Boy with Giant Axonal Neuropathy (GAN) Celebrates Curly Hair Day at School

May 2 is Curly Hair Day—a day to celebrate the beauty of waves, coils, and curls. But for one fifth-grader in Canada, Curly Hair Day stands as a way for him and his classmates to raise awareness of a rare condition called giant axonal neuropathy (GAN). 

Joelle Tomlinson reports in Global News that Julian Buyks, a bubbly fifth-grader who loves skiing and being with family, is one of fewer than 100 people across the globe who have been diagnosed with GAN—and one of just two people living with GAN in the Canadian province of Alberta. 

To help raise awareness of giant axonal neuropathy, his school community has rallied behind him during Curly Hair Day. His school began wearing curly wigs or curling their hair before school to show solidarity with Julian in 2023. This year, they did the same. Giant axonal neuropathy changes the structure of keratin intermediate filaments in the hair. As a result, people with GAN often have dull, tightly-curled hair that differs from their parents’ hair color. 

Julian’s family continues to work towards advancing GAN research and finding a cure. In the meantime, they are very grateful for the support Julian has been shown.

What is Giant Axonal Neuropathy (GAN)? 

Giant axonal neuropathy is a rare genetic disorder caused by a GAN gene mutation. Normally, this mutation encodes for the production of the gigaxonin protein. In GAN, this protein becomes abnormal, causing axons (a portion of nerve cells) to swell with neurofilaments. This gives them the appearance of being “giant,” hence the name. When the axons are too large, they can’t function the right way, leading to degeneration and dysfunction.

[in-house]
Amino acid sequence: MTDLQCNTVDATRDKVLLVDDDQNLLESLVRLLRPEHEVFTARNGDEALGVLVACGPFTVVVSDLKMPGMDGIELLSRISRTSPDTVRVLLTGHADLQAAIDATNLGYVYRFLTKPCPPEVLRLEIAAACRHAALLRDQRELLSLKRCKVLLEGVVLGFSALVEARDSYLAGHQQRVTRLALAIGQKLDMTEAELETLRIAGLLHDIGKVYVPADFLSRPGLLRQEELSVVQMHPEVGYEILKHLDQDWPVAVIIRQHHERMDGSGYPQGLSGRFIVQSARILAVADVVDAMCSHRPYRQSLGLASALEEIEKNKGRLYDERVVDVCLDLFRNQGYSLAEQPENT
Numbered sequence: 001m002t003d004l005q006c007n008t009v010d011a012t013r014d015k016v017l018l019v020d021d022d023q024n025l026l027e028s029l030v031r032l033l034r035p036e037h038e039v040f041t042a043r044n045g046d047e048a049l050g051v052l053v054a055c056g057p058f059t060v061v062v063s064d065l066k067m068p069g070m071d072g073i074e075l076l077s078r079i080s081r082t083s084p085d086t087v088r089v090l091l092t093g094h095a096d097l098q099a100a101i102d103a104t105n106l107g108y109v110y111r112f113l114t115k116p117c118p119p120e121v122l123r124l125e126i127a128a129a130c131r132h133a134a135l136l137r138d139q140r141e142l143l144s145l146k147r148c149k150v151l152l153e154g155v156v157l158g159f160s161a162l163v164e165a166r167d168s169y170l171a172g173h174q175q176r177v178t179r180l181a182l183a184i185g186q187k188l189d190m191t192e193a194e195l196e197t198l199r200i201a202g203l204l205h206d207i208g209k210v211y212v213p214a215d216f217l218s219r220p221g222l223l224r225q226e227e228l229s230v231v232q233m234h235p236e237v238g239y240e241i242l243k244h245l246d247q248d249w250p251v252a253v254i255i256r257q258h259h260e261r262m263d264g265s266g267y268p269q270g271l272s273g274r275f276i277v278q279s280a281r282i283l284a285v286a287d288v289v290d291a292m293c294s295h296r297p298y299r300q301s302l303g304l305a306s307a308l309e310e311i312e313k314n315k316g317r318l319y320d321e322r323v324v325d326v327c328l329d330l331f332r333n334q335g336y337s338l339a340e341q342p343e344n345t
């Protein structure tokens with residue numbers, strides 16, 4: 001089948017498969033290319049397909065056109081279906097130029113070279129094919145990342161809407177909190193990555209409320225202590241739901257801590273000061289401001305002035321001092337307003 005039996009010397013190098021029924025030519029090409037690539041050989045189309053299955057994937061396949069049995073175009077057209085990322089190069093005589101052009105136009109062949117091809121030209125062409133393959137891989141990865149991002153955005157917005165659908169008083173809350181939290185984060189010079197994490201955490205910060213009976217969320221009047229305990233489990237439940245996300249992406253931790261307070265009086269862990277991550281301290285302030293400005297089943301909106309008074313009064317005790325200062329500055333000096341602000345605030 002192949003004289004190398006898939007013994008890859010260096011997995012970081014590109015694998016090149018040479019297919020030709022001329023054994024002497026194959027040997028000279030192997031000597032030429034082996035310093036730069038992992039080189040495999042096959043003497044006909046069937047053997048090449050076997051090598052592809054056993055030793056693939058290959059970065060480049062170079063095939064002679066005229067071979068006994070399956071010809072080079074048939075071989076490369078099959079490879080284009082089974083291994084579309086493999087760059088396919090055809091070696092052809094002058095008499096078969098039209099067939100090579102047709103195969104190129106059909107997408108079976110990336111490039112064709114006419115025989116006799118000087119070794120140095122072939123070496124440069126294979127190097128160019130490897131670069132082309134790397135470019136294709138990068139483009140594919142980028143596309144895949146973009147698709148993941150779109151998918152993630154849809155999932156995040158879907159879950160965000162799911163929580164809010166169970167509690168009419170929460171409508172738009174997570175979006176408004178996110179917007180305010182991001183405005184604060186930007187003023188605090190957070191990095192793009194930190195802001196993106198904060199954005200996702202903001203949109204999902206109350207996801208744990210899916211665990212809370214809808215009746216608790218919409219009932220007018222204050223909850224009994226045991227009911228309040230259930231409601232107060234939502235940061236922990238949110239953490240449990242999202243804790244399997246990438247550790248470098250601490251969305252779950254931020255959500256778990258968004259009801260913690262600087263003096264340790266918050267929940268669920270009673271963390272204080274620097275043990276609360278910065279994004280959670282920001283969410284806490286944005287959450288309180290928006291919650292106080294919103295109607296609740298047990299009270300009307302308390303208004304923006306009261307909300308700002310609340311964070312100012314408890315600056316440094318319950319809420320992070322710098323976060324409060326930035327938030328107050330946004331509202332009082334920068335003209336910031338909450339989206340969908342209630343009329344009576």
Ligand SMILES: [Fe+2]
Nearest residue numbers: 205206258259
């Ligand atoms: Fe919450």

Symptoms often begin before age seven and worsen over time. Both the central and peripheral nervous systems are involved. Outside of the hair difference, people with GAN may show signs of: 

  • Difficulty walking 
  • Ataxia (impaired muscle coordination) 
  • Constipation
  • Heat intolerance
  • Hypotonia (low muscle tone) 
  • Loss of strength, sensation, and reflexes in the limbs 
  • Difficulty breathing or swallowing
  • Scoliosis (abnormal spinal curvature) 
  • Neurogenic bladder (issues with urine release)
  • Reduction/loss in the ability to sweat
  • Vision and hearing difficulties 
  • Intellectual disability
  • Seizures
  • Dementia

Right now, there are no cures for GAN. Treatment is symptomatic and supportive.

Jessica Lynn

Jessica Lynn

Jessica Lynn has an educational background in writing and marketing. She firmly believes in the power of writing in amplifying voices, and looks forward to doing so for the rare disease community.

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